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women’s health l BY ANITA NEAL HARRISON

Flushing Out Donors

An unorthodox campaign raises funds for breast cancer research.

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rica Milbach felt a little uneasy every time she decorated a stranger’s lawn with her pink toilet. And when strangers caught her at it and in bewilderment asked what she thought she was doing, she flushed — er, colored — with embarrassment. “It wasn’t always the most comfortable conversation to have: ‘Excuse me what are you doing?’ ‘Oh, you know, I’m just dropping a toilet off in your yard,’ ” Milbach says, “but they were always really understanding once I explained the situation.” The “situation” was Milbach raising funds for Susan G. Komen Mid-Missouri. Throughout the month of September, she placed the pink toilet on lawns around Columbia, and with it, she left a Flush Breast Cancer Away sign that explained she would remove the toilet for a donation of $20. Homeowners could choose to give $25 instead and direct Milbach to her next prospective donor; a $50 donation would guarantee the toilet would not make a second appearance on the donor’s lawn. Milbach found the idea online and thought it would be a fun way to encourage people to give. “The people who were involved really liked the idea of gifting someone something that’s not the most beautiful lawn ornament,” says Milbach, who is a nurse anesthetist at The Missouri Orthopaedic Institute. The fundraiser kept Milbach and her father, who helped with the heavy lifting, busy the entire month. They moved the toilet at least once almost every day; one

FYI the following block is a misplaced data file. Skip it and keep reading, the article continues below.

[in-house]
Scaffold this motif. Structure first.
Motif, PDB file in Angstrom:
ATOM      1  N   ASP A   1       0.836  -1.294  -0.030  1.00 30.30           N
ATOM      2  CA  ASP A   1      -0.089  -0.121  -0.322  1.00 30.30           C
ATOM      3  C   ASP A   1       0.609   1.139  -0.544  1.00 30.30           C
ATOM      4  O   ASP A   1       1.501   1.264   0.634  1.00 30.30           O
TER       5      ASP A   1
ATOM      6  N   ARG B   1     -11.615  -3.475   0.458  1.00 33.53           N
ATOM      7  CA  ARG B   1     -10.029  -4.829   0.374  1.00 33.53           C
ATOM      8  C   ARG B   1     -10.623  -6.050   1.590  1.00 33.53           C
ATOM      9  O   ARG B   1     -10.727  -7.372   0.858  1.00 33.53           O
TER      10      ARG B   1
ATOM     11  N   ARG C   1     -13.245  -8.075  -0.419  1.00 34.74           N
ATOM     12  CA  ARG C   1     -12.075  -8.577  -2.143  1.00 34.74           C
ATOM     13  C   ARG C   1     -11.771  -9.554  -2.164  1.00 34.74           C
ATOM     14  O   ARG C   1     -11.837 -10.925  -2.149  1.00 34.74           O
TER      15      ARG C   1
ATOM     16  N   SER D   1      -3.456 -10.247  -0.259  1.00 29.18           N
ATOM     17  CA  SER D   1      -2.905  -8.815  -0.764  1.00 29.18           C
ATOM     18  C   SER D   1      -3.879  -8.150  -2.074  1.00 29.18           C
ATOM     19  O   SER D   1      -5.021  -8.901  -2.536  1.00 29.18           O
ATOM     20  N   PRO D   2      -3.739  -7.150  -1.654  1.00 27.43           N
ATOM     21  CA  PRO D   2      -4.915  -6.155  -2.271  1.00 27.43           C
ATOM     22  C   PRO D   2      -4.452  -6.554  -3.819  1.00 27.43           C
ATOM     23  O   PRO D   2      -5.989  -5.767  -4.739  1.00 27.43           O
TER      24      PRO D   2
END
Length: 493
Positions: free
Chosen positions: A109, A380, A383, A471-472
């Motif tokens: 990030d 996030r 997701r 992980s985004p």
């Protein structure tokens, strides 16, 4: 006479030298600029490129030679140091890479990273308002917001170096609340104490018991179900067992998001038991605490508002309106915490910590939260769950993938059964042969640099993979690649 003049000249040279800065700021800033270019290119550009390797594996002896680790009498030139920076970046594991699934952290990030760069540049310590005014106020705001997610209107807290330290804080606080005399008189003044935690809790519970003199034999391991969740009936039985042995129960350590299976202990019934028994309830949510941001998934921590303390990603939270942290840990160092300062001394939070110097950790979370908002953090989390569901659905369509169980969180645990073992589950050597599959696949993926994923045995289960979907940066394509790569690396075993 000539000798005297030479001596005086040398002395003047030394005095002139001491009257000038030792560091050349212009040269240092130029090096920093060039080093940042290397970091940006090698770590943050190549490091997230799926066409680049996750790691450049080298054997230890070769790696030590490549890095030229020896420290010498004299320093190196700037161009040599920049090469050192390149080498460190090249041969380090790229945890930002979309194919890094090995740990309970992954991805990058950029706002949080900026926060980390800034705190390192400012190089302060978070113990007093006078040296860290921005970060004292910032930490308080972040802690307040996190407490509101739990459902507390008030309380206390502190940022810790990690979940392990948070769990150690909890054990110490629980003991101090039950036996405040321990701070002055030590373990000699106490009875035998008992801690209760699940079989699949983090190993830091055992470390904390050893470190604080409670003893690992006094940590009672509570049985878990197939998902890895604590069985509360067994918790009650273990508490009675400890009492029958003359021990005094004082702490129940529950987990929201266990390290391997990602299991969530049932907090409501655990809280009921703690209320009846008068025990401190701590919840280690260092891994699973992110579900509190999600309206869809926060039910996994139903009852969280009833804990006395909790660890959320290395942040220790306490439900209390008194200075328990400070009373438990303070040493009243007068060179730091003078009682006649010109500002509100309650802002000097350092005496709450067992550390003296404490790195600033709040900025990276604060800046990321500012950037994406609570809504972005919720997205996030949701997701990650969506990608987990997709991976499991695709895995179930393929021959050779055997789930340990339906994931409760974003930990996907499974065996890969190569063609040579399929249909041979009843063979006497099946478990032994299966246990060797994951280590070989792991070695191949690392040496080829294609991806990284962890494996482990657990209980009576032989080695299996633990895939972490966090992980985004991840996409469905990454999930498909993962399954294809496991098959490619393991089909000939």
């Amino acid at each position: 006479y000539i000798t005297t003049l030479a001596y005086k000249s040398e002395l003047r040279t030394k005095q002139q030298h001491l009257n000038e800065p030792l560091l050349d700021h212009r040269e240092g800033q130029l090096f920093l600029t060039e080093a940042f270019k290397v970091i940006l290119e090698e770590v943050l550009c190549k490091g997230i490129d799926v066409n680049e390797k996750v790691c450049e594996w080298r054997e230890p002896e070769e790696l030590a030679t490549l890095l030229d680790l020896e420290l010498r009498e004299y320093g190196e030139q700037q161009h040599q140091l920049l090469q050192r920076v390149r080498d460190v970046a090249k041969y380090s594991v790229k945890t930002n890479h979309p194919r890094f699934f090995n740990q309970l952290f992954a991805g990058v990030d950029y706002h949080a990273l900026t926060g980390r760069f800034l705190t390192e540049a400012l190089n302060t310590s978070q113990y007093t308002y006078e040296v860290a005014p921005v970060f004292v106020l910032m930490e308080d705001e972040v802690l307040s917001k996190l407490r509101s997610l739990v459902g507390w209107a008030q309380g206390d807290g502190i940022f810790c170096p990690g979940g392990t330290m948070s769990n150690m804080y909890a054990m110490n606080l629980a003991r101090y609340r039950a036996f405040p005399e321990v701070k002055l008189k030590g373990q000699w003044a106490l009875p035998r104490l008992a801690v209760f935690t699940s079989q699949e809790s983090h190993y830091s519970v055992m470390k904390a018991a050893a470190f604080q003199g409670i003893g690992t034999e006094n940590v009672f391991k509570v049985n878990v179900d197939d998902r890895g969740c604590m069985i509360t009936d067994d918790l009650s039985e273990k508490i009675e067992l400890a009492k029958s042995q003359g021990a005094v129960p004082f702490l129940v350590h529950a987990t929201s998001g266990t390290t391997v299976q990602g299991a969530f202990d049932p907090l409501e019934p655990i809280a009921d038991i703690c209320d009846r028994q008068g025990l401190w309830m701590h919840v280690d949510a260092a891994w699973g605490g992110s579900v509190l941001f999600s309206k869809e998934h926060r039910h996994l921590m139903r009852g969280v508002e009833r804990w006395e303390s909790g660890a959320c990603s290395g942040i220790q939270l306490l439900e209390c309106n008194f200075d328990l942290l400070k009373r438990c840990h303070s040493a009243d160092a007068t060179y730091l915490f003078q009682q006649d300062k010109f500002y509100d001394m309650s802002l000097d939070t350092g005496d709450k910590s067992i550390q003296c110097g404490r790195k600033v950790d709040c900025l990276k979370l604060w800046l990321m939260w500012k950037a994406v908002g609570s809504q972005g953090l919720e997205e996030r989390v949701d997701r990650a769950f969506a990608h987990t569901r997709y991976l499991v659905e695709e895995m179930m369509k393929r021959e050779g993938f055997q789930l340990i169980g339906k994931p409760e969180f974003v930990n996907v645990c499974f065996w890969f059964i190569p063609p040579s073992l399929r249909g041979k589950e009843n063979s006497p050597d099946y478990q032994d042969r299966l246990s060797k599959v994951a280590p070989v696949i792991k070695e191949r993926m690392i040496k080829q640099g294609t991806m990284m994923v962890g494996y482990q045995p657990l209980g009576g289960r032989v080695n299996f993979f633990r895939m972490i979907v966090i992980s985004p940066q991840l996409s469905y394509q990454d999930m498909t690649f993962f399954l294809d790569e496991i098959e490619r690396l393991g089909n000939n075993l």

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INSIDE COLUMBIA NOVEMBER 2014

day, they moved it four times. By the end of September, the pink toilet had made a stop in 29 Columbia yards, and Milbach had raised $1,246, making her the top fundraiser for the 2014 Komen Mid-Missouri Race for the Cure campaign. Eva Seibert, one of Milbach’s co-workers, calls it “a great ‘power of one’ story.” “No fanfare, just one person with a good idea and some follow-through,” Seibert says. Milbach supports Komen even though she does not have a personal story with breast cancer. She is on the Susan G.

Komen Mid-Missouri affiliate board and served as the race chair emeritus for the Komen Mid-Missouri Race for the Cure, which took place Oct. 4. Earning the spot of top fundraiser doesn’t really matter to her, she says. What does matter is knowing the money will go toward the fight against breast cancer. “We give out a lot of grants to the local community, and without fundraising, we can’t do that,” she says. “I hope I’ll be doing this as an annual fundraiser now and continue the tradition of the pink toilet in town.”

Inside Columbia Magazine November Issue  
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